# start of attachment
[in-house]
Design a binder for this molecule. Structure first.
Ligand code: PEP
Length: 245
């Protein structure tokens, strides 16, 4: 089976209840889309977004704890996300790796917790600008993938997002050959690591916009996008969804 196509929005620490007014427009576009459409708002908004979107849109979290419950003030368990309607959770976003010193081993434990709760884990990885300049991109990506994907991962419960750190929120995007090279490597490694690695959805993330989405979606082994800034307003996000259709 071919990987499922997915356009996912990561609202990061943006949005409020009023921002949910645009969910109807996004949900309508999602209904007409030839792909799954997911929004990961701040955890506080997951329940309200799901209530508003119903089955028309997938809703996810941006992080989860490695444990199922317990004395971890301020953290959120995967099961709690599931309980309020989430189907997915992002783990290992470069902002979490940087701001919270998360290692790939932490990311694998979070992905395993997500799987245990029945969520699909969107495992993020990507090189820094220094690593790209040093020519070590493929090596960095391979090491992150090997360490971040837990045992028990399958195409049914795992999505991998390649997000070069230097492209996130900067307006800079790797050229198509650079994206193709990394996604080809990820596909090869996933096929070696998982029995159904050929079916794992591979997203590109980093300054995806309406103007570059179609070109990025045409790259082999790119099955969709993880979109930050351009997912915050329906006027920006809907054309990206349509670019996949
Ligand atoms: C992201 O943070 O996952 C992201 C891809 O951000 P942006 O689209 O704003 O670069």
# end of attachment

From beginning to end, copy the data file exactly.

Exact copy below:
[in-house]
Design a binder for this molecule. Structure first.
Ligand code: PEP
Length: 245
């Protein structure tokens, strides 16, 4: 089976209840889309977004704890996300790796917790600008993938997002050959690591916009996008969804 196509929005620490007014427009576009459409708002908004979107849109979290419950003030368990309607959770976003010193081993434990709760884990990885300049991109990506994907991962419960750190929120995007090279490597490694690695959805993330989405979606082994800034307003996000259709 071919990987499922997915356009996912990561609202990061943006949005409020009023921002949910645009969910109807996004949900309508999602209904007409030839792909799954997911929004990961701040955890506080997951329940309200799901209530508003119903089955028309997938809703996810941006992080989860490695444990199922317990004395971890301020953290959120995967099961709690599931309980309020989430189907997915992002783990290992470069902002979490940087701001919270998360290692790939932490990311694998979070992905395993997500799987245990029945969520699909969107495992993020990507090189820094220094690593790209040093020519070590493929090596960095391979090491992150090997360490971040837990045992028990399958195409049914795992999505991998390649997000070069230097492209996130900067307006800079790797050229198509650079994206193709990394996604080809990820596909090869996933096929070696998982029995159904050929079916794992591979997203590109980093300054995806309406103007570059179609070109990025045409790259082999790119099955969709993880979109930050351009997912915050329906006027920006809907054309990206349509670019996949
Ligand atoms: C992201 O943070 O996952 C992201 C891809 O951000 P942006 O689209 O704003 O670069």